Cashews are a major crop throughout eastern Indonesia, with an estimated 300,000 smallholders involved in the production. However, a significant proportion of these smallholders are at or below the poverty line. This report outlines—from a supply chain approach—potential strategies to improve the incomes of smallholder cashew farmers in eastern Indonesia as part of a supply chain. The proposed strategies cover the areas of processing, agronomy, variety research, pests and disease, nutrition and soil management, and intercropping. The authors note that successful implementation of the proposed strategies requires strong involvement from all actors in the supply chain.
This report presents the findings of a scoping study to examine ways to increase the income of mango smallholders in eastern Indonesia as part of a supply chain. The analysis focused on researching issues in profitable supply chains, rather than identifying technical constraints. The findings reveal that current markets are heavily supplied with the Harumanis mango variety with little opportunity to develop new market opportunities in either export or out of season markets in other areas of Indonesia. The study also shows that it is possible to extend the mango season through early flowering, resulting in a longer season for the same production and thus increasing prices for farmers. Furthermore, there are good out of season export opportunities for the Gedung gunci variety, however national capacity needs to be built to develop access protocols in government. A full assessment of export issues and opportunities would also need to take place. Appropriate production technologies such as bagging and post-harvest fruit fly treatments could also improve quality, especially in the context of developing export capability.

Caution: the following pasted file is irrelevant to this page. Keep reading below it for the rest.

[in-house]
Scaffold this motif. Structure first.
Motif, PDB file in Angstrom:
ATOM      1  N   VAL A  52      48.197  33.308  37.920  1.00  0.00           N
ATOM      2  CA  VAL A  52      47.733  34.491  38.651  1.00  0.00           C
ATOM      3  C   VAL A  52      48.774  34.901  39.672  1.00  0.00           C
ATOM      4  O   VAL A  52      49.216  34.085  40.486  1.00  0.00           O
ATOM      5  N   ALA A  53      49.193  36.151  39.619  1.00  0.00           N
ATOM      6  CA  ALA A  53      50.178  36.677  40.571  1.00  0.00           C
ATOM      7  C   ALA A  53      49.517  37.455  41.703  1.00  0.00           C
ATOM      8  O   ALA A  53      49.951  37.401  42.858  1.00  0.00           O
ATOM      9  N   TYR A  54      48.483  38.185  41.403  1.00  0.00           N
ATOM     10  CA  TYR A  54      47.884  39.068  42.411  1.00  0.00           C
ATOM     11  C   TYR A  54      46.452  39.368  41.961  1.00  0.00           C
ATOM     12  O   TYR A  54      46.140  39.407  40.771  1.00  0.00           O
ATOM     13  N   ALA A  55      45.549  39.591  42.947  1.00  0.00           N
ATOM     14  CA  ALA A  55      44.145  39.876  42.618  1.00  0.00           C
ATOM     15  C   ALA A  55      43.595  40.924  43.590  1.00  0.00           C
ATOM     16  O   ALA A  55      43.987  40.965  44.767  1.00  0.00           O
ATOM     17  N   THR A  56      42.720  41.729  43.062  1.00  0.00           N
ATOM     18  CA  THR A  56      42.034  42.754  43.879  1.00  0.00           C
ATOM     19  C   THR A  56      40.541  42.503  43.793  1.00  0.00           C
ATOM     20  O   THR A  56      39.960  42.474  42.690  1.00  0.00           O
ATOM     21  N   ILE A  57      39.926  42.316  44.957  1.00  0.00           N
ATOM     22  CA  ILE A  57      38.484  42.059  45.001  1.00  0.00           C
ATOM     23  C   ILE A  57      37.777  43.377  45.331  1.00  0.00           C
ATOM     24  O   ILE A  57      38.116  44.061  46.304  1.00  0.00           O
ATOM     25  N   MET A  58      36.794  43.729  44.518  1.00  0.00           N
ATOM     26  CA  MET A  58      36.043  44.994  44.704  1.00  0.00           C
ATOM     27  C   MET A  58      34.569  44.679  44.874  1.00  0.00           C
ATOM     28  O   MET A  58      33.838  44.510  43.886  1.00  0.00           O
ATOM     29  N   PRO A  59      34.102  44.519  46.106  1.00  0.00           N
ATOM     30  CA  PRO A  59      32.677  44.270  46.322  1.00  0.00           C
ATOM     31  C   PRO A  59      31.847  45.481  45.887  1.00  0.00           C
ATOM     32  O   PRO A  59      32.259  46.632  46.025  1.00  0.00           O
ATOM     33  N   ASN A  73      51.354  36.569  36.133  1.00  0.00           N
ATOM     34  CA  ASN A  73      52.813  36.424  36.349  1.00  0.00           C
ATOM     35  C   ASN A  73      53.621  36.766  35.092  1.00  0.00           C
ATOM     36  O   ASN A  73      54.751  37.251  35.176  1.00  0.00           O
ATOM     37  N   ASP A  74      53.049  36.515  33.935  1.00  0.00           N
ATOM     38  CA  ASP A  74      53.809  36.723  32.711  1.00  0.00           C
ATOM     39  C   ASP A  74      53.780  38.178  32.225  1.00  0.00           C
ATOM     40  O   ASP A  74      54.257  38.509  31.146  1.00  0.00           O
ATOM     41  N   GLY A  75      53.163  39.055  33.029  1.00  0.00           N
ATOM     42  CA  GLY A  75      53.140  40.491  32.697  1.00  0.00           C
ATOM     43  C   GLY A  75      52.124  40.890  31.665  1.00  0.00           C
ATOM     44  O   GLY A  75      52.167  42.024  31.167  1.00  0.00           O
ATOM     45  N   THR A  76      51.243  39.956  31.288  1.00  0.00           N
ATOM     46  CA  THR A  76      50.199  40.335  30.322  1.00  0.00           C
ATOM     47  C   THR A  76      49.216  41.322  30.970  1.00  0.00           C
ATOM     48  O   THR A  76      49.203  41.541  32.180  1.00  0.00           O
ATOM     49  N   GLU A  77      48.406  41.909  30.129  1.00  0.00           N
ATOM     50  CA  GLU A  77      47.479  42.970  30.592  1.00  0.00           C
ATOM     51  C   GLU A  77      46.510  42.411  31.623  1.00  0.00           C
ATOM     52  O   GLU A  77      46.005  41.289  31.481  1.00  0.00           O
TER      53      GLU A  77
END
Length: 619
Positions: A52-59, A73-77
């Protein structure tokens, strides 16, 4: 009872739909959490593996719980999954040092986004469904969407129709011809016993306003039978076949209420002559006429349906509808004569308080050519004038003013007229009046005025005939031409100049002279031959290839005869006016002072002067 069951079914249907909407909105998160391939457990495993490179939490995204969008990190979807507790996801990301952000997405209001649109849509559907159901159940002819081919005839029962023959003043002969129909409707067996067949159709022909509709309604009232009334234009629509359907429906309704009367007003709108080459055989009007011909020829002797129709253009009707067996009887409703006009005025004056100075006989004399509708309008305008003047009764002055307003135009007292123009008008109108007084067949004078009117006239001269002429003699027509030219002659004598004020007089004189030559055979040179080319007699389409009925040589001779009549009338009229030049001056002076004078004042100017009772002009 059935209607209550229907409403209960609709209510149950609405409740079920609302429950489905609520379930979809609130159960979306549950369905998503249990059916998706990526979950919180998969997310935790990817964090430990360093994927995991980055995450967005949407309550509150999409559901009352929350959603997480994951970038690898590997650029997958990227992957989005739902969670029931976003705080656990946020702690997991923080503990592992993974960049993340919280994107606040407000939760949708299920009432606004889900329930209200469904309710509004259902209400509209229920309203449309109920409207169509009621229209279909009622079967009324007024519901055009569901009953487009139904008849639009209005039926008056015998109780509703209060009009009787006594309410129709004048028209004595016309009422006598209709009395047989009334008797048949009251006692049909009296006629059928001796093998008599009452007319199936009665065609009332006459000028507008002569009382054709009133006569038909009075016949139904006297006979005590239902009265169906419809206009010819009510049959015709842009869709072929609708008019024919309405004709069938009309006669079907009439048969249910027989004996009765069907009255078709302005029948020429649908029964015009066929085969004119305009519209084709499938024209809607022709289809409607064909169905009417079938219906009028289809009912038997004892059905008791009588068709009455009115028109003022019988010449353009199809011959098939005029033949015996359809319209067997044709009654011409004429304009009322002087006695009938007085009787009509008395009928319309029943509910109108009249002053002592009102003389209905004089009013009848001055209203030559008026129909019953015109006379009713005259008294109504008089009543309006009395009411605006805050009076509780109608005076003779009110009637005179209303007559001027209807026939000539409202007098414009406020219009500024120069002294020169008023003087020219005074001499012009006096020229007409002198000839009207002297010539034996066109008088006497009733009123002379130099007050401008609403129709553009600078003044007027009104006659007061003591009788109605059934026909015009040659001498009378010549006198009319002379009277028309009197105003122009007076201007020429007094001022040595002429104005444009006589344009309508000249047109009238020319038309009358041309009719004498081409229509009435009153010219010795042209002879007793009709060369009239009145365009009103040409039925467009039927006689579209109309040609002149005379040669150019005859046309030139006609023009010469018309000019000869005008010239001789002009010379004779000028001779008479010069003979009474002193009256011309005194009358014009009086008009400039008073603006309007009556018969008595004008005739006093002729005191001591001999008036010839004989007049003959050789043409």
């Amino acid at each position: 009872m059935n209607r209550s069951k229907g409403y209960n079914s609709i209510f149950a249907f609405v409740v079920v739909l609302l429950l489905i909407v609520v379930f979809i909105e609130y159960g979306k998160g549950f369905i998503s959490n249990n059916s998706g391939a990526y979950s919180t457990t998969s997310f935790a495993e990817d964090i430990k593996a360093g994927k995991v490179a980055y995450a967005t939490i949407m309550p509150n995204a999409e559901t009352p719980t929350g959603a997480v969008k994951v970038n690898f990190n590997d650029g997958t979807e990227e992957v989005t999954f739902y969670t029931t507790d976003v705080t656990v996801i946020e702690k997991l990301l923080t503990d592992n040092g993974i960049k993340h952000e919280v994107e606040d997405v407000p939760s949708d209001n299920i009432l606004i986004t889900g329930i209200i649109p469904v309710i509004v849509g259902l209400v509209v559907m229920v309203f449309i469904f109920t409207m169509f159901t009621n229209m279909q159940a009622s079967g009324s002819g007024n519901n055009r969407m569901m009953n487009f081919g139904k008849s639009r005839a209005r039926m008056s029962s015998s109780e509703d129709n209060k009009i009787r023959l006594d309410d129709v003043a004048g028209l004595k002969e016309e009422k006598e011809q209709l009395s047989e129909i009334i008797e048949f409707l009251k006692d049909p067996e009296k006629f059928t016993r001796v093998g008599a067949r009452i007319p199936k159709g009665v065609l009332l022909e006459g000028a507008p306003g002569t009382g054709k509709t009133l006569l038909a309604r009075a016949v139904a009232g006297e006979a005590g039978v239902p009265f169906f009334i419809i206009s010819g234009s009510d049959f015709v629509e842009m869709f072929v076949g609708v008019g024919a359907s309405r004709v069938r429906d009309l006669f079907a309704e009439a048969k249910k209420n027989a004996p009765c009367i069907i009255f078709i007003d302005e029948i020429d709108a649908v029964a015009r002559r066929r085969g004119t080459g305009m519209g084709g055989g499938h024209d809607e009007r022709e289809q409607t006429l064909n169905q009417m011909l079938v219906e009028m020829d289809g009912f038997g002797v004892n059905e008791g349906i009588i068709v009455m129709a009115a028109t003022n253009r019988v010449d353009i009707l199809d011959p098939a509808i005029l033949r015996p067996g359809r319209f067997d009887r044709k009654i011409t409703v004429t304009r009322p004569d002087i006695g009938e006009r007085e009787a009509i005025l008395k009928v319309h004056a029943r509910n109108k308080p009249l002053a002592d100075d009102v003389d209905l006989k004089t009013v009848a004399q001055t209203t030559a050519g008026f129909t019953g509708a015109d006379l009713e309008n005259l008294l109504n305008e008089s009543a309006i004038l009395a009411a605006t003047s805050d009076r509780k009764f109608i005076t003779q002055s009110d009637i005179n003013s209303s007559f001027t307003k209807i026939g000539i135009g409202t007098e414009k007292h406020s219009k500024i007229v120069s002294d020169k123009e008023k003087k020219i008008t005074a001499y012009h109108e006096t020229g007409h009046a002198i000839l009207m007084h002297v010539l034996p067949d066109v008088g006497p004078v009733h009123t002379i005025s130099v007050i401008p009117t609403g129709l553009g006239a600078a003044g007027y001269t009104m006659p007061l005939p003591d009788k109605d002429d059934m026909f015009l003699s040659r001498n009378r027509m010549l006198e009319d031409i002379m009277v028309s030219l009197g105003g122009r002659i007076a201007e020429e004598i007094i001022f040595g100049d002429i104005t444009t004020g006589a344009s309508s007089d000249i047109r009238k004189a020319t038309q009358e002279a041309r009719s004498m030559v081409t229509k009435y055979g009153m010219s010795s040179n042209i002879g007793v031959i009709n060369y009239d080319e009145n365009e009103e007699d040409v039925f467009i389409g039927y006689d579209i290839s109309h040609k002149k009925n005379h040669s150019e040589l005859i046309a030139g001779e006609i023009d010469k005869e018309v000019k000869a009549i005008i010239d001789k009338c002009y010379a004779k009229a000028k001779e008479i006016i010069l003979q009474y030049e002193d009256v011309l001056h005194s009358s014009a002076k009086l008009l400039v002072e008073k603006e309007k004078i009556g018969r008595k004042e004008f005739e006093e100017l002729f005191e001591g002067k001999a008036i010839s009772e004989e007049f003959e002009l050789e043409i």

This case study details a range of interventions implemented to improve cashew nut production in Flores and contribute to the enhancing the overall cashew nut value chain. The report summarises the key constraints to the value chain, such as no direct linkages and international value adding, poor productivity due to traditional farming methods, and lack of inputs and technology. It then outlines a number of considerations and processes in implementing four interventions to address these constraints. Interventions achieved the following value chain improvements: development of organic cashew product through certification of smallholders, 40 per cent increase in productivity per tree, 33 per cent increase in per kg price with increased annual cashew income from 59 to 69 per cent, local farmer and private sector managed processing units for value adding, branding of Flores cashews, and stimulation of local government and private sector support. The report critically evaluates the chosen interventions and the methods of implementation, identifying successes as well as areas where the project could have benefited from alternatives.